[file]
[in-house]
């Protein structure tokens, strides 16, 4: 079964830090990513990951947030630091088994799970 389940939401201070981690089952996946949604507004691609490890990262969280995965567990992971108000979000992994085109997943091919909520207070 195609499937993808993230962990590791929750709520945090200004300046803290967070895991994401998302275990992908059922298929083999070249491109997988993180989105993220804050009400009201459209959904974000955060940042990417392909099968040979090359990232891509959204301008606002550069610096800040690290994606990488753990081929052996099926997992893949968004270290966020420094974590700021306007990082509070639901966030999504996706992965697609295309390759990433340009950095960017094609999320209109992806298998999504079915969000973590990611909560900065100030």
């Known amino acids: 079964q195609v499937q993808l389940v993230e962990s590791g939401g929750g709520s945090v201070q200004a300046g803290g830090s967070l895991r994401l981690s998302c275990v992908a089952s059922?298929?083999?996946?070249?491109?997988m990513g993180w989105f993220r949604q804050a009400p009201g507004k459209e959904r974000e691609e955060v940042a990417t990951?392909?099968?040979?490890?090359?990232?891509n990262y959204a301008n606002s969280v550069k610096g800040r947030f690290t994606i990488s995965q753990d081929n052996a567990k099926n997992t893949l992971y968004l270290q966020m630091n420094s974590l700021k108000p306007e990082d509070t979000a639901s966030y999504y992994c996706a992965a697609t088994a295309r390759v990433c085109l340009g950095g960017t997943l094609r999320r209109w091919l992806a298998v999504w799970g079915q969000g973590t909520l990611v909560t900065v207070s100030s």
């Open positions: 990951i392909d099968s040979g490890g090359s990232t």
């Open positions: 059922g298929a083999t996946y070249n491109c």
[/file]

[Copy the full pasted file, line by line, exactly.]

[in-house]
């Protein structure tokens, strides 16, 4: 079964830090990513990951947030630091088994799970 389940939401201070981690089952996946949604507004691609490890990262969280995965567990992971108000979000992994085109997943091919909520207070 195609499937993808993230962990590791929750709520945090200004300046803290967070895991994401998302275990992908059922298929083999070249491109997988993180989105993220804050009400009201459209959904974000955060940042990417392909099968040979090359990232891509959204301008606002550069610096800040690290994606990488753990081929052996099926997992893949968004270290966020420094974590700021306007990082509070639901966030999504996706992965697609295309390759990433340009950095960017094609999320209109992806298998999504079915969000973590990611909560900065100030």
């Known amino acids: 079964q195609v499937q993808l389940v993230e962990s590791g939401g929750g709520s945090v201070q200004a300046g803290g830090s967070l895991r994401l981690s998302c275990v992908a089952s059922?298929?083999?996946?070249?491109?997988m990513g993180w989105f993220r949604q804050a009400p009201g507004k459209e959904r974000e691609e955060v940042a990417t990951?392909?099968?040979?490890?090359?990232?891509n990262y959204a301008n606002s969280v550069k610096g800040r947030f690290t994606i990488s995965q753990d081929n052996a567990k099926n997992t893949l992971y968004l270290q966020m630091n420094s974590l700021k108000p306007e990082d509070t979000a639901s966030y999504y992994c996706a992965a697609t088994a295309r390759v990433c085109l340009g950095g960017t997943l094609r999320r209109w091919l992806a298998v999504w799970g079915q969000g973590t909520l990611v909560t900065v207070s100030s």
């Open positions: 990951i392909d099968s040979g490890g090359s990232t």
């Open positions: 059922g298929a083999t996946y070249n491109c």